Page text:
Arne Duncan's Forgotten Enthusiasm for Trusting Teachers

The education secretary once liked the idea of letting them run their schools. It's an idea that still shows a lot of promise.
by | March 27, 2014
Secretary of Education Arne Duncan, left, speaks with America's Promise Alliance chair Alma Powell, right, on Friday, Dec. 21, 2012. AP
 

Arne Duncan, the U.S. secretary of education, was an outstanding basketball player in his youth. But in his keynote speech to a recent conference sponsored by the National Board of Professional Teaching Standards, what could have been a free throw became an air ball, hitting nowhere close to the rim.

Duncan's theme was "teachers as leaders." But what he said was more a description of teachers as better followers. If his memory is good, he knows better.

Back in April 2010, in Duncan's executive conference room, there appeared two teachers, both pioneers in the movement for teachers to have real authority over their schools. With the sponsorship of the policy design group Education Evolving (of which I am managing associate), founders Ted Kolderie and Joe Graba brought to the meeting Carrie Bakken and Brenda Martinez. Bakken is the lead teacher of the Avalon School in Saint Paul, Minn., and Martinez had a comparable position in the ALBA School in Milwaukee.

Avalon is a charter school, which after 13 years of experience has developed a craft of how to govern itself without any administrators; it is a truly independent school. ALBA works within a traditional public-school district with unionized faculty constantly under fire from both orthodox union people and central-office bureaucrats, but because there is a Memorandum of Understanding, ALBA's teachers have the autonomy they need to work outside the dictates of the master contract between the district and the union. Their arrangement survives only because they get surprising results.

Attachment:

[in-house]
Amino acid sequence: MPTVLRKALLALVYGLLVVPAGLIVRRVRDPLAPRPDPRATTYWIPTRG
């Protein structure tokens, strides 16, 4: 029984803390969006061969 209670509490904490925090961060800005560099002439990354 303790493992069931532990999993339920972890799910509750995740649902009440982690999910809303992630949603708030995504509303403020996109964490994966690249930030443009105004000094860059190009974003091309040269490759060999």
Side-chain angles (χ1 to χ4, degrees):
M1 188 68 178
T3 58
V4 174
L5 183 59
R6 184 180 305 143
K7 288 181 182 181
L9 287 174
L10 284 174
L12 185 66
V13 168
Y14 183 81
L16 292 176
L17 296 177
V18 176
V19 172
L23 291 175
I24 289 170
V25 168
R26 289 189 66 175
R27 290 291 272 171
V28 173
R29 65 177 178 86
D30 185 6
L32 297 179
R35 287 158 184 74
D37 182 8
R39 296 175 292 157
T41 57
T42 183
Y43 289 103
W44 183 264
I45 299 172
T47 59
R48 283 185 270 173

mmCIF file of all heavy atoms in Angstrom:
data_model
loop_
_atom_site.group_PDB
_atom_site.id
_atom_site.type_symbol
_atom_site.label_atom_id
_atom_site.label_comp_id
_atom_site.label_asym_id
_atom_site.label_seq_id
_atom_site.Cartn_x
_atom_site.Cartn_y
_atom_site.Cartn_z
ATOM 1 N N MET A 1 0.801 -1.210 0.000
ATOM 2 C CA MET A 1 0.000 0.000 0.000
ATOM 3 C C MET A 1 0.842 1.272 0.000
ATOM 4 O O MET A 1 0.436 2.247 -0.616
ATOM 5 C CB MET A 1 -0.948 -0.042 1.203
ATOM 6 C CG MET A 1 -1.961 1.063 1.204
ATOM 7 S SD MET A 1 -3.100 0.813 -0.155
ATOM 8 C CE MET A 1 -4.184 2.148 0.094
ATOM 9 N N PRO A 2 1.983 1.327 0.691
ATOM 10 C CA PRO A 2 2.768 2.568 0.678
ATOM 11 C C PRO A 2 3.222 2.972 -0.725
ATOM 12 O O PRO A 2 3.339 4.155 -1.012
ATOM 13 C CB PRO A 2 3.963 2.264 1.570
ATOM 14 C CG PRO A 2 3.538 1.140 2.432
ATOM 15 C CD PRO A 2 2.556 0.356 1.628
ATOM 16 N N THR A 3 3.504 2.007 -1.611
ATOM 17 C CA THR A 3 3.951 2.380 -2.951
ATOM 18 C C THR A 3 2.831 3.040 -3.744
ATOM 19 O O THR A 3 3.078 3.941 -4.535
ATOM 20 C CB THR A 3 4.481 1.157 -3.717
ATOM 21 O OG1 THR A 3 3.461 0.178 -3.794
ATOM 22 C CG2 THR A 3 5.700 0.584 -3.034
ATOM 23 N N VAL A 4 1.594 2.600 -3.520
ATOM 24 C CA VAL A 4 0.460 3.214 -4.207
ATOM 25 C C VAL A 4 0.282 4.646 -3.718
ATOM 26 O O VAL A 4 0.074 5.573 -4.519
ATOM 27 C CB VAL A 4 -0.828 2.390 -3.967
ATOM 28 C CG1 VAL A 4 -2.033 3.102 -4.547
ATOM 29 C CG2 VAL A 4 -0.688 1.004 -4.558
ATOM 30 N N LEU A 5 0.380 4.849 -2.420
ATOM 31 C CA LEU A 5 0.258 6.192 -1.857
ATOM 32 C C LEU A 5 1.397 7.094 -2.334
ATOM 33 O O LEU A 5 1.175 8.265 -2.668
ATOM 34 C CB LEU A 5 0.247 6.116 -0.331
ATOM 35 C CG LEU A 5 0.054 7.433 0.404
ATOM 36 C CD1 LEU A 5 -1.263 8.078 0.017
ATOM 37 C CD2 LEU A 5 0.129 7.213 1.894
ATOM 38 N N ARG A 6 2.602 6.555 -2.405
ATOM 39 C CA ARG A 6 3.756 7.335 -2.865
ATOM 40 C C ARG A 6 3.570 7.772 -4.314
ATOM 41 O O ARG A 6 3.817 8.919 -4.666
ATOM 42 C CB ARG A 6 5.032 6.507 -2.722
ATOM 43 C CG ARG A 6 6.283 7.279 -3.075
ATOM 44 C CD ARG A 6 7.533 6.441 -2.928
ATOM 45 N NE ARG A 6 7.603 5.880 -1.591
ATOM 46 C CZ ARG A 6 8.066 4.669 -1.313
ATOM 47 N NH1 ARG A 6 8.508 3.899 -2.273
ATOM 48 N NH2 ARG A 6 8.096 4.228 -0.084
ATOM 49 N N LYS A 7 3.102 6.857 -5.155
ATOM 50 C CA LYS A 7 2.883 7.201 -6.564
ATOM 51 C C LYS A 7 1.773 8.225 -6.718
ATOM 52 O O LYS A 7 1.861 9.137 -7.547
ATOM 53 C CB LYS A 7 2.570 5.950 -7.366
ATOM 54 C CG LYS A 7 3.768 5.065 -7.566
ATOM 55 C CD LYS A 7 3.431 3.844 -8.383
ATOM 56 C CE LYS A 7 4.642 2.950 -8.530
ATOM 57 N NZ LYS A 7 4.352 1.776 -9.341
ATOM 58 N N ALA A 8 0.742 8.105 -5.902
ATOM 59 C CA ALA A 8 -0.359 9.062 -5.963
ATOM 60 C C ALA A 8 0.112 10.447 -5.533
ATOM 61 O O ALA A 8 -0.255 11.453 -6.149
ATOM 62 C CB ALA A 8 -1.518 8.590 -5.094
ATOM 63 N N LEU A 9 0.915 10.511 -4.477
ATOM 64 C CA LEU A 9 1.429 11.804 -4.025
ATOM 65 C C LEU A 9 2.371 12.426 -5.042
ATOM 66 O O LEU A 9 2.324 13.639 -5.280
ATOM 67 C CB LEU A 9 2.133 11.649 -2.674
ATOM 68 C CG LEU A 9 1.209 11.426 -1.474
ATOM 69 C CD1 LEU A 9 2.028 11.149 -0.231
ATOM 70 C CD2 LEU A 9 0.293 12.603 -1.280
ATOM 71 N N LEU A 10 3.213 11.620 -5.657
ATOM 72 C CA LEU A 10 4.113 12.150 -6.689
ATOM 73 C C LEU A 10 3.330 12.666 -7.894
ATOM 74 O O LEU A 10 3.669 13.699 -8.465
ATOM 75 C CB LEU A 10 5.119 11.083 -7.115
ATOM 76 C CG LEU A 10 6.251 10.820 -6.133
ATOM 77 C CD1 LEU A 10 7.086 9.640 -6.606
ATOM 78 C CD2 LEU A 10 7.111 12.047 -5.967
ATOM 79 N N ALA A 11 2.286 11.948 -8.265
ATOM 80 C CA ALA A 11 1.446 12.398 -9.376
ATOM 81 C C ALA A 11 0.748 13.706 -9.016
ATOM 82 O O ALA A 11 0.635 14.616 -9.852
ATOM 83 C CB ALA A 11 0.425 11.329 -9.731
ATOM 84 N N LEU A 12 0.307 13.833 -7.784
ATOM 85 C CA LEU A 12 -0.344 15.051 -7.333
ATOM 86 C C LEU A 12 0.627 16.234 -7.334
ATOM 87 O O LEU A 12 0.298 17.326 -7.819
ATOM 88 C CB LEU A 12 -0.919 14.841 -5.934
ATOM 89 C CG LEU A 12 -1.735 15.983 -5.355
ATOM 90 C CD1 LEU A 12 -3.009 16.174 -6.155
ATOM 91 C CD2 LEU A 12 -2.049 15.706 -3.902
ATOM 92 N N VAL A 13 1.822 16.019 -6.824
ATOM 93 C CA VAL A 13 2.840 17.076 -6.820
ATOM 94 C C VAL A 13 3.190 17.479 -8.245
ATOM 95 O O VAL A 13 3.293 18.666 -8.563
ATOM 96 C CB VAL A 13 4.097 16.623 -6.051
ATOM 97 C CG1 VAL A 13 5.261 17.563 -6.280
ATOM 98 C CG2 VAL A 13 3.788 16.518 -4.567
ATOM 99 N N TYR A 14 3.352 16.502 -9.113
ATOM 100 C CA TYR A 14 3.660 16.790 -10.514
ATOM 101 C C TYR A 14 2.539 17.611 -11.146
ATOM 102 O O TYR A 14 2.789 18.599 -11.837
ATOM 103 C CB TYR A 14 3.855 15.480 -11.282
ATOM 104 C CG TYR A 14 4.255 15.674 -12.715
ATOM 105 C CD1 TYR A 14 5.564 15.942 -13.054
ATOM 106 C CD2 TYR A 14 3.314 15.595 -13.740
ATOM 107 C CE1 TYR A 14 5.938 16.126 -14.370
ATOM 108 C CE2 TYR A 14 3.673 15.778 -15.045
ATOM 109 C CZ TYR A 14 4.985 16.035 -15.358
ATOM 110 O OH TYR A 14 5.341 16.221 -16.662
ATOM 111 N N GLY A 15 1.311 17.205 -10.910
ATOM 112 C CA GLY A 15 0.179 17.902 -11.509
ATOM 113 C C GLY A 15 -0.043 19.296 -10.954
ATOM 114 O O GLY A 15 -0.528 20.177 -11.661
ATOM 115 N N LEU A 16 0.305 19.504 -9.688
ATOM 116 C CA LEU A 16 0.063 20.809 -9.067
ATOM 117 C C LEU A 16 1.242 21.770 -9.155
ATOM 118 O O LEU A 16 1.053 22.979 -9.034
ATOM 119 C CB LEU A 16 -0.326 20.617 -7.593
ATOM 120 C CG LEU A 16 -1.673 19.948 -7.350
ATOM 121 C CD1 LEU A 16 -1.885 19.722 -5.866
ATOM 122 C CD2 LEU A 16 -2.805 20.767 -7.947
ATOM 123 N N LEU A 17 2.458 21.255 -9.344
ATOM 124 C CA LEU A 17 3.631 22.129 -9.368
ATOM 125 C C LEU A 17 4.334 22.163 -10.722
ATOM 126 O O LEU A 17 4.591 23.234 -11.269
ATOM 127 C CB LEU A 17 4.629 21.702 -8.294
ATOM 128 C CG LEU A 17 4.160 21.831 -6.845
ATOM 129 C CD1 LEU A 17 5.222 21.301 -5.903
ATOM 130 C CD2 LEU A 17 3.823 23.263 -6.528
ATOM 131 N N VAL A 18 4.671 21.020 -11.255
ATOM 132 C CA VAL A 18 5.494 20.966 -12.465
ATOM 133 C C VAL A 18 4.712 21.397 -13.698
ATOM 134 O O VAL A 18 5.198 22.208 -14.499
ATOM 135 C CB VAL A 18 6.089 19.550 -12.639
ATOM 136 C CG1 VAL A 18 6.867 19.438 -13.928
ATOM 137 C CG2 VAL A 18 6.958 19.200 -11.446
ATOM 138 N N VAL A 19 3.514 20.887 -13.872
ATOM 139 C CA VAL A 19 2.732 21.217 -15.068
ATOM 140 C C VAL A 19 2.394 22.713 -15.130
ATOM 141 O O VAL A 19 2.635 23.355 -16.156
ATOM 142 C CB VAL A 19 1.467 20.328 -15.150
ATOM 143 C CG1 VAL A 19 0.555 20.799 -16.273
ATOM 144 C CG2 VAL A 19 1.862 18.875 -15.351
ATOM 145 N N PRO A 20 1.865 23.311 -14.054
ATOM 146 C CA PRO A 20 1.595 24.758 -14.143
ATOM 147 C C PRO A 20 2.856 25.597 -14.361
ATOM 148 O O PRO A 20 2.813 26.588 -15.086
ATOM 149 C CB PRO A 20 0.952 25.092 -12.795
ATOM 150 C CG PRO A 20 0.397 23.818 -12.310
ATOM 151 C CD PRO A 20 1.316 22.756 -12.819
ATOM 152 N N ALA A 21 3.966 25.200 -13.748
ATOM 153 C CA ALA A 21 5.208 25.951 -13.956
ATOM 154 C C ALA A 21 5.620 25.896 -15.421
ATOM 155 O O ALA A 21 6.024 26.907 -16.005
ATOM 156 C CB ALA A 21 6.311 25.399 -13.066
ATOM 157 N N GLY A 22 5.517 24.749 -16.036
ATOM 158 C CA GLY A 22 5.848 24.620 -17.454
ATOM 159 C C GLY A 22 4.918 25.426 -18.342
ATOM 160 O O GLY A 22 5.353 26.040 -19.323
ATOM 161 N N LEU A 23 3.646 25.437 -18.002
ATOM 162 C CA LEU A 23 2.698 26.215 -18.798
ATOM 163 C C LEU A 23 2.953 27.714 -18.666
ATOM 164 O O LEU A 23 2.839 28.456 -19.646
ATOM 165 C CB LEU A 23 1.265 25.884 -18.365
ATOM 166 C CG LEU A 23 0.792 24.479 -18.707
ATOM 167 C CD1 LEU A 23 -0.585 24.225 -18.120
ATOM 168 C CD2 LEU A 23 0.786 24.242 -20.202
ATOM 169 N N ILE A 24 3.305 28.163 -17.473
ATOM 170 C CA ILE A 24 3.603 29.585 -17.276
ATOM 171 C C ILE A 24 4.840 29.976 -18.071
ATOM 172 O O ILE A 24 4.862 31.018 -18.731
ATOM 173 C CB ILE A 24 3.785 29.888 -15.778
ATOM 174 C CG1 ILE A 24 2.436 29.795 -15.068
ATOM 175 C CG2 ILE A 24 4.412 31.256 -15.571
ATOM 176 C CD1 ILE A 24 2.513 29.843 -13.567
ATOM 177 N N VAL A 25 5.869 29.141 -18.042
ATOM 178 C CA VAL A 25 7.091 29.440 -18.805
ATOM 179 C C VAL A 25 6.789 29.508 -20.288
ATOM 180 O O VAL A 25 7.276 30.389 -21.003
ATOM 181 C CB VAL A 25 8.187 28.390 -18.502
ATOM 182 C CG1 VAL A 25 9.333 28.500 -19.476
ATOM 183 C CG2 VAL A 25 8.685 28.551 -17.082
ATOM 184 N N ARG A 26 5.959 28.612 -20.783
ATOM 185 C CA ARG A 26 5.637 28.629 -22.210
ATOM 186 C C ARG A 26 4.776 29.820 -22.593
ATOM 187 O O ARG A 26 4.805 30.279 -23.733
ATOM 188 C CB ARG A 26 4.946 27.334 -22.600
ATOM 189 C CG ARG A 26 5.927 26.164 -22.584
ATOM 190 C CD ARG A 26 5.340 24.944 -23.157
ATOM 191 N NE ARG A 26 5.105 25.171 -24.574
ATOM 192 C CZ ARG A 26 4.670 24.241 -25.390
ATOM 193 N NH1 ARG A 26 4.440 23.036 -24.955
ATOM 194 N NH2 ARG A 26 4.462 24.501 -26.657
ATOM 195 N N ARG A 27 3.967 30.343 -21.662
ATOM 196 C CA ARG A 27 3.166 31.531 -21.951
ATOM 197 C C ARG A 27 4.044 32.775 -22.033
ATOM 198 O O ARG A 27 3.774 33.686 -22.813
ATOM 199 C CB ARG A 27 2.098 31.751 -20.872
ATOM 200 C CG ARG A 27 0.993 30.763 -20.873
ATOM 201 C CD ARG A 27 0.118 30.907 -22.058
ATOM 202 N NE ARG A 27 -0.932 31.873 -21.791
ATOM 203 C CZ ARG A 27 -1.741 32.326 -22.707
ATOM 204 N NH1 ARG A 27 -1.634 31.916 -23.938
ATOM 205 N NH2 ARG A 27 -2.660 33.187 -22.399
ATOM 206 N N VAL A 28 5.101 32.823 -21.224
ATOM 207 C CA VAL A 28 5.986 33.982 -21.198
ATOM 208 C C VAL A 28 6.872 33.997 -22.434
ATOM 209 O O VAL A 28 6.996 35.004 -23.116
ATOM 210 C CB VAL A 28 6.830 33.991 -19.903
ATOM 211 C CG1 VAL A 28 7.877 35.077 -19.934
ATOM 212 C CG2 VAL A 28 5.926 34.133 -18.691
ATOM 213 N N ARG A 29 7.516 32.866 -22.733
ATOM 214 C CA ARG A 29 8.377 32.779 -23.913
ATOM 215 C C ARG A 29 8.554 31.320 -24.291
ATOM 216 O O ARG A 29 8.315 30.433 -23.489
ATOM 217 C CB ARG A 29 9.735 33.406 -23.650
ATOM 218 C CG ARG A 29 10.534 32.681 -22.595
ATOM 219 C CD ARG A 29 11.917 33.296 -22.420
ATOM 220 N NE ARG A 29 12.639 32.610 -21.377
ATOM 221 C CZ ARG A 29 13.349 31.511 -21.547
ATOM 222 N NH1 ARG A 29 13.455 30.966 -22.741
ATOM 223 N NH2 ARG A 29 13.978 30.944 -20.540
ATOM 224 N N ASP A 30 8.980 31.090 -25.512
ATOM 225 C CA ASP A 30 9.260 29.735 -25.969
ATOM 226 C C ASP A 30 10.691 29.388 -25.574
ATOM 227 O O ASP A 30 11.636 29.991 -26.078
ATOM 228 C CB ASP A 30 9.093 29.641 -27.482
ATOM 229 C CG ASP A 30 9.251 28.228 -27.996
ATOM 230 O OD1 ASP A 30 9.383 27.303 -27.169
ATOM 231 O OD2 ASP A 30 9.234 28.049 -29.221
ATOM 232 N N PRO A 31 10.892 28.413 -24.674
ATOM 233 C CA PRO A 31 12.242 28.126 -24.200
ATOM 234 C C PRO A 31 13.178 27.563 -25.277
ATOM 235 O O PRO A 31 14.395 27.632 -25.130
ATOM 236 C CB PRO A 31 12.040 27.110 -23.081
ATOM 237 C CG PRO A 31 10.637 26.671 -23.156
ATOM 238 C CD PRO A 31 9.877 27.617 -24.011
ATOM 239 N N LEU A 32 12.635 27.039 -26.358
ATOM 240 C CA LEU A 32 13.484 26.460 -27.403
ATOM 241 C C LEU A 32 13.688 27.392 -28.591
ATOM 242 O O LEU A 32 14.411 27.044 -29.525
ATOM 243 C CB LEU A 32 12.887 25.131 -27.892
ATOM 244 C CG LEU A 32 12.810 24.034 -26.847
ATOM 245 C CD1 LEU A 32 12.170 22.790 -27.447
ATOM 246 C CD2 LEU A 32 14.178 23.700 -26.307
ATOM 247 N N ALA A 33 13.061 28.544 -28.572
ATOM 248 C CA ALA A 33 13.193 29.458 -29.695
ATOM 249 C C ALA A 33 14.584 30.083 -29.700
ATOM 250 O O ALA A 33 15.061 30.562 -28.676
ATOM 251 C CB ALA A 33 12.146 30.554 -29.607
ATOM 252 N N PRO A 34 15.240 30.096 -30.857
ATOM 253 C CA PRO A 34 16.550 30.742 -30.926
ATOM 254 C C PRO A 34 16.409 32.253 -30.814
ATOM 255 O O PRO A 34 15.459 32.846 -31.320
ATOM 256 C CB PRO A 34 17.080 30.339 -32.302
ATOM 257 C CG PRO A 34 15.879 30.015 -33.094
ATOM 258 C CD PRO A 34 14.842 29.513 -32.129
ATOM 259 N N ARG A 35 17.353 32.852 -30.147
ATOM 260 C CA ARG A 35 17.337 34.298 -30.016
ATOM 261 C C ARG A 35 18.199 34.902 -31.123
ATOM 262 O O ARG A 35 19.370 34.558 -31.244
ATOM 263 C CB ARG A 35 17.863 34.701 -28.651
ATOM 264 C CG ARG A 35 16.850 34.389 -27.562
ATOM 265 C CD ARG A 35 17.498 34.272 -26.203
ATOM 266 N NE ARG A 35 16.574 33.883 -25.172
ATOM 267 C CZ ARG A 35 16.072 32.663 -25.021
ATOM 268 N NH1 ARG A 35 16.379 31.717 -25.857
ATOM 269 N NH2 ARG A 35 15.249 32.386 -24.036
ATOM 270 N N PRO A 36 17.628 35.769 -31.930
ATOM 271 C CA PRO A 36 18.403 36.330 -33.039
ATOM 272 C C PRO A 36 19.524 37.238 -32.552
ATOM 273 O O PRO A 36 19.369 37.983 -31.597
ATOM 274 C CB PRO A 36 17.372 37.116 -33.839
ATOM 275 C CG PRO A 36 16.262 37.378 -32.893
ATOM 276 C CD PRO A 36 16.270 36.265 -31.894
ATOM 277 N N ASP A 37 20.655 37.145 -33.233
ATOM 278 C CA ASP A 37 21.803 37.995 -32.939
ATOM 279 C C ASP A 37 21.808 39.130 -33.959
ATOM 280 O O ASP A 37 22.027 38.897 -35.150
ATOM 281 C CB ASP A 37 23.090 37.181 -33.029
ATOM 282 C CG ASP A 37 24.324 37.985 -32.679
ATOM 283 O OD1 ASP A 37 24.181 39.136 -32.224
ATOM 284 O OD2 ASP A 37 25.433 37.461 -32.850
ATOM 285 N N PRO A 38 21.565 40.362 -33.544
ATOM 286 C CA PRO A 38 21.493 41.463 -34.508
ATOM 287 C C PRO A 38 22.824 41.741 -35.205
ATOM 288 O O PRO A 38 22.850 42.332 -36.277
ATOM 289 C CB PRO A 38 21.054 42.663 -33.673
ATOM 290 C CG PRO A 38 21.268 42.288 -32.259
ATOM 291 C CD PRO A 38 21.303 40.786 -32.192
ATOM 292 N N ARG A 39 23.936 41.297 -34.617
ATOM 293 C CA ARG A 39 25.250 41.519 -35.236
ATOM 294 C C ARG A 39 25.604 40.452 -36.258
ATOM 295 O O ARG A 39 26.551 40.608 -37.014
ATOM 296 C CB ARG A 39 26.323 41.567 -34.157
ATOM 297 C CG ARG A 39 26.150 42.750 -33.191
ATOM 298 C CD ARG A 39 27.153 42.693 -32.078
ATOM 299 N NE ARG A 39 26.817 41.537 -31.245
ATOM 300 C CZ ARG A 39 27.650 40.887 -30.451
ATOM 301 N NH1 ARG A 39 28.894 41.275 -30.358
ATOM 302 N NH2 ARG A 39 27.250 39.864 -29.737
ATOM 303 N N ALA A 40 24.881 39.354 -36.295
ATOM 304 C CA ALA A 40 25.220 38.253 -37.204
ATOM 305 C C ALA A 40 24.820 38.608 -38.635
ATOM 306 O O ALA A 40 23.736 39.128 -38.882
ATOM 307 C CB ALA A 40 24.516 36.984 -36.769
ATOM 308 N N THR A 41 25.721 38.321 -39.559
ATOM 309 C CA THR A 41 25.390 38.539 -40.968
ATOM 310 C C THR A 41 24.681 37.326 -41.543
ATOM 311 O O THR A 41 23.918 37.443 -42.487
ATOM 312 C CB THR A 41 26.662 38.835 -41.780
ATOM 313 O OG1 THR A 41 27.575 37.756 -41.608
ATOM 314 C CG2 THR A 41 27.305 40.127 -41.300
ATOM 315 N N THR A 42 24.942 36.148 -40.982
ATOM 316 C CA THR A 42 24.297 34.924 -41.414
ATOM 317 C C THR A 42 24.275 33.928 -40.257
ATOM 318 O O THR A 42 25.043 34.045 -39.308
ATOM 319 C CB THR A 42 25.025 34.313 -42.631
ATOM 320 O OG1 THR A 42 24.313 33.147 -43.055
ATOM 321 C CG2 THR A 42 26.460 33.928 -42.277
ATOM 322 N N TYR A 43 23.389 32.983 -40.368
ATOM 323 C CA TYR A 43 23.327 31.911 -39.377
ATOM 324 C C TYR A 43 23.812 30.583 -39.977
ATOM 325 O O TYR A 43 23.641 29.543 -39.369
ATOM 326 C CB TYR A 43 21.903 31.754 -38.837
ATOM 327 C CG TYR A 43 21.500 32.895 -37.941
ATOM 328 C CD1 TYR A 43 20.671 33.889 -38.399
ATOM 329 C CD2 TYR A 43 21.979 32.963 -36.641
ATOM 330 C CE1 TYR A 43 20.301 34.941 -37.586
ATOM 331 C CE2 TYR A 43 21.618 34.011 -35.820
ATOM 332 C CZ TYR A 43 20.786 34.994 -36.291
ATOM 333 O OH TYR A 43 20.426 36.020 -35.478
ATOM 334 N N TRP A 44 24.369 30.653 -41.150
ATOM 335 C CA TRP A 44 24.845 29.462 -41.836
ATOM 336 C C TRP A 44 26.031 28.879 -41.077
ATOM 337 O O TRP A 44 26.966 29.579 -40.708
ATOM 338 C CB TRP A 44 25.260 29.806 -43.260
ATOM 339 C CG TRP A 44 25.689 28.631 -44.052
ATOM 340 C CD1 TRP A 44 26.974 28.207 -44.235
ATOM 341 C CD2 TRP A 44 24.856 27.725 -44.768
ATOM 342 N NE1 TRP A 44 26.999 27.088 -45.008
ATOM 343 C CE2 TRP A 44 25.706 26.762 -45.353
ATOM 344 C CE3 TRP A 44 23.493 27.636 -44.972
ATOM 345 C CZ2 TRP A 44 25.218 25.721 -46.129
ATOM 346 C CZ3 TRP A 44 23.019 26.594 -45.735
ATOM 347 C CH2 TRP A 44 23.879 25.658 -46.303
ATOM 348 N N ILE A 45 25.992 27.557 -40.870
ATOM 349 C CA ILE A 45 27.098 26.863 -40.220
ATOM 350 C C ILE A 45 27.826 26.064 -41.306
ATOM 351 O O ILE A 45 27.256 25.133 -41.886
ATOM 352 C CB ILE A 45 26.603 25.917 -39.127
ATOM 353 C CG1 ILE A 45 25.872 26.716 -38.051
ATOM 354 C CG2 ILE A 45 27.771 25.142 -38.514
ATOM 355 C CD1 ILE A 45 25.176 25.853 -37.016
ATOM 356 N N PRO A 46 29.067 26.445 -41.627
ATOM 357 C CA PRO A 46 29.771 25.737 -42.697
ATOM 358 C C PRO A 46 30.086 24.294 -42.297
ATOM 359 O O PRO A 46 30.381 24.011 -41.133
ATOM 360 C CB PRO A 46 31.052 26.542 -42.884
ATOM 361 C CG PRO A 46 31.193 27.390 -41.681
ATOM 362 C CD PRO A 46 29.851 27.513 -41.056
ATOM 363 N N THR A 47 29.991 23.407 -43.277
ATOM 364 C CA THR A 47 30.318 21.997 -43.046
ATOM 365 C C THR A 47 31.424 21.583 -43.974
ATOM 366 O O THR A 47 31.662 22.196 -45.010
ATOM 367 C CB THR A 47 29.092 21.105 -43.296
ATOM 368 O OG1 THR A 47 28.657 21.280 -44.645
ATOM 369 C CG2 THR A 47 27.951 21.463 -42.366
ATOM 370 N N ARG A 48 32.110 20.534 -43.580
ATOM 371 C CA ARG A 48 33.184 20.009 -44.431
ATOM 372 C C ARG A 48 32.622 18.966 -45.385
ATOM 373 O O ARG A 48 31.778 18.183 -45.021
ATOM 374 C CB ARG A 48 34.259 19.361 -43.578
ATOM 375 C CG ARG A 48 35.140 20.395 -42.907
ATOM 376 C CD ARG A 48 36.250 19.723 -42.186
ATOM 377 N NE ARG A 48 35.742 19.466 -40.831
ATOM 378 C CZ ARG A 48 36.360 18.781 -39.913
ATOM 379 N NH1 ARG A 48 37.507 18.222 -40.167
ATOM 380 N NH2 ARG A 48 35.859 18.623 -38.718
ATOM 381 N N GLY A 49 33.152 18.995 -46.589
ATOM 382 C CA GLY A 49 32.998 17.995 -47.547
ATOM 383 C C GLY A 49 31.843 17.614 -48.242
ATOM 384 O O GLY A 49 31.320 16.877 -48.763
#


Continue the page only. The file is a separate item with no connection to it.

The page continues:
Bakken and Martinez described for the secretary and his senior staff how different schools run by teachers are: How they take students not succeeding in the regular system and personalize their learning opportunities, turning around students that the system is fast labeling as losers. How teachers, while admitting they are working more hours and harder than ever, are so professionally fulfilled that turnover is nearly zero. How these schools get better results year after year.

Maybe there is such a thing as political amnesia, because now, four years later, Duncan shows no signs of recalling this session and no sense that he recognizes the power in shifting to a policy of trusting teachers. At the same conference, a session featuring the education minister of Finland, whose education system is considered a model by many reformers, was standing-room-only. Observers said it was full of people resonating to the cultural notion of trusting teachers.

So, what did the secretary say? He cited an unnamed survey that he said found that "four out of five teachers reported being satisfied or very satisfied with their profession." Who did that survey, and how might we compare that with the many, many surveys showing dramatically opposite views?